Weapons and armor…duh.

Wounds, anxiety and stress. When getting hurt in a physical contest you usually get wounds, in social you get anxiety and loss of face, and in mental battles you get stress.

Fortitude is your threshold or ‘soak’ for that type of threat. It is split into Body, Speech, and Mind and the ‘Vigor and Fortitude’ rating plus any qualities and quirks that apply. So, a stunt actor with a Body of +3 and Vigor and Fortitude of +2 and Legendary Toughness (d4 Legend so half of 4 is 2) would have a Body Fortitude of 7. The same character might have a Social Fortitude of 3 and a Mental Fortitude of 3 so they wouldn’t be as resistant to harm in those arenas.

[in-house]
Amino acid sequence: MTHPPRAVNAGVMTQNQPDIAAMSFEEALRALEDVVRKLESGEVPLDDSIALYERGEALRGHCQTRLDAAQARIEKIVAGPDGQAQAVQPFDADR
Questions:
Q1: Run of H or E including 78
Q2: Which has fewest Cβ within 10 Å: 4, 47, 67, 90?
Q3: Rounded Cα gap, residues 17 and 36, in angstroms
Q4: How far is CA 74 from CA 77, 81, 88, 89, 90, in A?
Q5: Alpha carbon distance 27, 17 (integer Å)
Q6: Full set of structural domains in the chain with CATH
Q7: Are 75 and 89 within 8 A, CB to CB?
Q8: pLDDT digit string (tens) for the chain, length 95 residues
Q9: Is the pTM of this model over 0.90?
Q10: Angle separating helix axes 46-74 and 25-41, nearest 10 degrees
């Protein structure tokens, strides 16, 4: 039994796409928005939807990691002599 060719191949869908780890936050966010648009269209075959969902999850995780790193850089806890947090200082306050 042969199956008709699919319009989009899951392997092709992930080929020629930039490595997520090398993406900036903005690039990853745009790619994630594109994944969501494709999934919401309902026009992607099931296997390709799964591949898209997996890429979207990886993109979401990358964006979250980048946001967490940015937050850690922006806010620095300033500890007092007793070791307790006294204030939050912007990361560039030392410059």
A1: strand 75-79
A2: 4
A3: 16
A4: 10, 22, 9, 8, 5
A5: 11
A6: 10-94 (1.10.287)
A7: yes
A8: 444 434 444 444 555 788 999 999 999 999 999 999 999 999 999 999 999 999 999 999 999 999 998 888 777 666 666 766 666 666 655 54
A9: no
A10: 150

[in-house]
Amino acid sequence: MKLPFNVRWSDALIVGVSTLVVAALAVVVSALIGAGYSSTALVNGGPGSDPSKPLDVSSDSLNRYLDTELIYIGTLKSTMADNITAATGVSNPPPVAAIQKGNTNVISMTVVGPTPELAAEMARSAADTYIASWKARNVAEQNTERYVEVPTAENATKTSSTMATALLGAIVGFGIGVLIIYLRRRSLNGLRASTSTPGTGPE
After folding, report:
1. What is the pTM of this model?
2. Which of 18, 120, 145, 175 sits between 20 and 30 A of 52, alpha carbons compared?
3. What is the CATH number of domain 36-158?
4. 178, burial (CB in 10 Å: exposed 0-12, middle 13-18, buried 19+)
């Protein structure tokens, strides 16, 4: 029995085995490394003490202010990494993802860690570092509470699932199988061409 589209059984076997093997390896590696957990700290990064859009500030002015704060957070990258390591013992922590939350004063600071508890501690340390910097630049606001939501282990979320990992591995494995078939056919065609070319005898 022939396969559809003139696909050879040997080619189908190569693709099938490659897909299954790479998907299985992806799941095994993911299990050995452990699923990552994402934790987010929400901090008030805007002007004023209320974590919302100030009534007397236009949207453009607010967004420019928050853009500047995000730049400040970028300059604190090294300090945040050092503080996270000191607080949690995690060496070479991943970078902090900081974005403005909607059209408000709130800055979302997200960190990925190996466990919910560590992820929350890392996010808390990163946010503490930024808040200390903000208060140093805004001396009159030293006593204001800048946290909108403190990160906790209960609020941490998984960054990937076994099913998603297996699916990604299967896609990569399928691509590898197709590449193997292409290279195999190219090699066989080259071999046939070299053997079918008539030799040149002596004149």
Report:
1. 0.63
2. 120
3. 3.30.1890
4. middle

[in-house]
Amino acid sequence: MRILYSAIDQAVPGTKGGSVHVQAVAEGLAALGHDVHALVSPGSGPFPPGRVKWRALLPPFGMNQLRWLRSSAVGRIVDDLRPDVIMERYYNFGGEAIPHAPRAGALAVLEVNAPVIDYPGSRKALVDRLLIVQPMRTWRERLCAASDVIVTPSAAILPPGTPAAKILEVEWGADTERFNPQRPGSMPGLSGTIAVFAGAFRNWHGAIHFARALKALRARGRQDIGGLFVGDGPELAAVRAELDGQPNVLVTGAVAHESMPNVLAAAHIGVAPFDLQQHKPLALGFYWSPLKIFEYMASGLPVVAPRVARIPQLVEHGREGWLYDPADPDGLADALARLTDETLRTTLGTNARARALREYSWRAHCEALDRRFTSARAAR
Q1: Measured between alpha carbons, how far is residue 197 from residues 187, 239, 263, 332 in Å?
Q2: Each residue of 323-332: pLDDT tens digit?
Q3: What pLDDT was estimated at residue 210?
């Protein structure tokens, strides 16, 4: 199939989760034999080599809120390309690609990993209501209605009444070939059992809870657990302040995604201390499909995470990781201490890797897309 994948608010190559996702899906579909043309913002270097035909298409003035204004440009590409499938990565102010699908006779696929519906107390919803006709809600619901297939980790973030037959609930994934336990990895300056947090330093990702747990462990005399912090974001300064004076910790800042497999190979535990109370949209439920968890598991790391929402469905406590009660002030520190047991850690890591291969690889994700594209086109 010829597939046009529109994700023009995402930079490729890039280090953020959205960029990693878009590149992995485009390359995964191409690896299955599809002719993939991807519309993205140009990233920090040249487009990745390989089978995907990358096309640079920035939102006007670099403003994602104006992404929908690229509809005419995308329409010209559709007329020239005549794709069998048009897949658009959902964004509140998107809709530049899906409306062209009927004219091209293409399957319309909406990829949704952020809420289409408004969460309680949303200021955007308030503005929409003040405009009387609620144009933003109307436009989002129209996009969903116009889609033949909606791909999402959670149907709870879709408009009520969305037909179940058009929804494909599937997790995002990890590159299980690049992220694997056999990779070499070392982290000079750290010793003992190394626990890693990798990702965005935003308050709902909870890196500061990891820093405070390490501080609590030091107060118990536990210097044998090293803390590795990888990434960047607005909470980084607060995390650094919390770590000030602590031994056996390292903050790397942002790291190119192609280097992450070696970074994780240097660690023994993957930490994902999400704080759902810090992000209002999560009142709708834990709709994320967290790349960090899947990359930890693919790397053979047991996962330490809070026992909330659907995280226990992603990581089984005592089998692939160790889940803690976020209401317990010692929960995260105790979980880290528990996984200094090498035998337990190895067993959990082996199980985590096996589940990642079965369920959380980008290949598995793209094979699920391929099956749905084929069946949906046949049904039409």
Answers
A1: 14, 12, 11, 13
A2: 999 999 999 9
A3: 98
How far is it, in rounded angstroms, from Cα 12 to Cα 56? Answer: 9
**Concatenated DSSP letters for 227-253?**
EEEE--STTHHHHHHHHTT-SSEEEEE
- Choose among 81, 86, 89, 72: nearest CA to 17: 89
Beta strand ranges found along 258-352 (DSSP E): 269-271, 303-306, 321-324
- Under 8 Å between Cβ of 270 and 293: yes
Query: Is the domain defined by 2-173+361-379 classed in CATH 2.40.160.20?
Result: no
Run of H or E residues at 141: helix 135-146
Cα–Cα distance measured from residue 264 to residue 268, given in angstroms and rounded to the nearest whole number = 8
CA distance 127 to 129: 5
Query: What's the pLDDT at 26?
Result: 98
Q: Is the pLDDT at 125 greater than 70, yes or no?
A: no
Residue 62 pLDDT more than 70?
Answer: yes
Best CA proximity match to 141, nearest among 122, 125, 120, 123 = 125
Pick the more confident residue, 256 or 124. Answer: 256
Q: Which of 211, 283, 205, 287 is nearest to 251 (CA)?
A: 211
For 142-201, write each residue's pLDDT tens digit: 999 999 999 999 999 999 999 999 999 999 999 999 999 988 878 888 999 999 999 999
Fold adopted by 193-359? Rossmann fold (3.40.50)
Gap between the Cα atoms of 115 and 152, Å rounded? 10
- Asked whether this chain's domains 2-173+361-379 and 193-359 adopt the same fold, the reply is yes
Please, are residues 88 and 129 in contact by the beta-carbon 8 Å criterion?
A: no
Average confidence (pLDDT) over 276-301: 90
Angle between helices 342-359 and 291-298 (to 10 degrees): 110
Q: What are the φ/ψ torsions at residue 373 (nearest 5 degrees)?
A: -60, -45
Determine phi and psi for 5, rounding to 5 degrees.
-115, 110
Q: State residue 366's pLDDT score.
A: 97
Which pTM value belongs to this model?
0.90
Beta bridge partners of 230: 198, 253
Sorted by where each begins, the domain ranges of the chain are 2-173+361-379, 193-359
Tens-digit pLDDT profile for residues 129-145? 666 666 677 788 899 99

Resilience is how fast you pop back or recover from injuries. This has the same body/speech/mind categories with the tactic of Audacity and Courage adding to the PCs total along with qualities like Fast Healer or tricks like “bounces back from adversity”.

Injuries provide a penalty to tests taken while injured. One can have a cut to the shoulder physical wound providing a -2 to Tests, a broken nose providing a -1 to Tests while suffering from mental trauma or stress from seeing a friend die horribly -2. Thus, they would suffer a total of -5 to all Test Totals.

My new RPG


I am tentatively calling the rpg system Singular Roleplaying System and the first main campaign Rogues and Masterminds.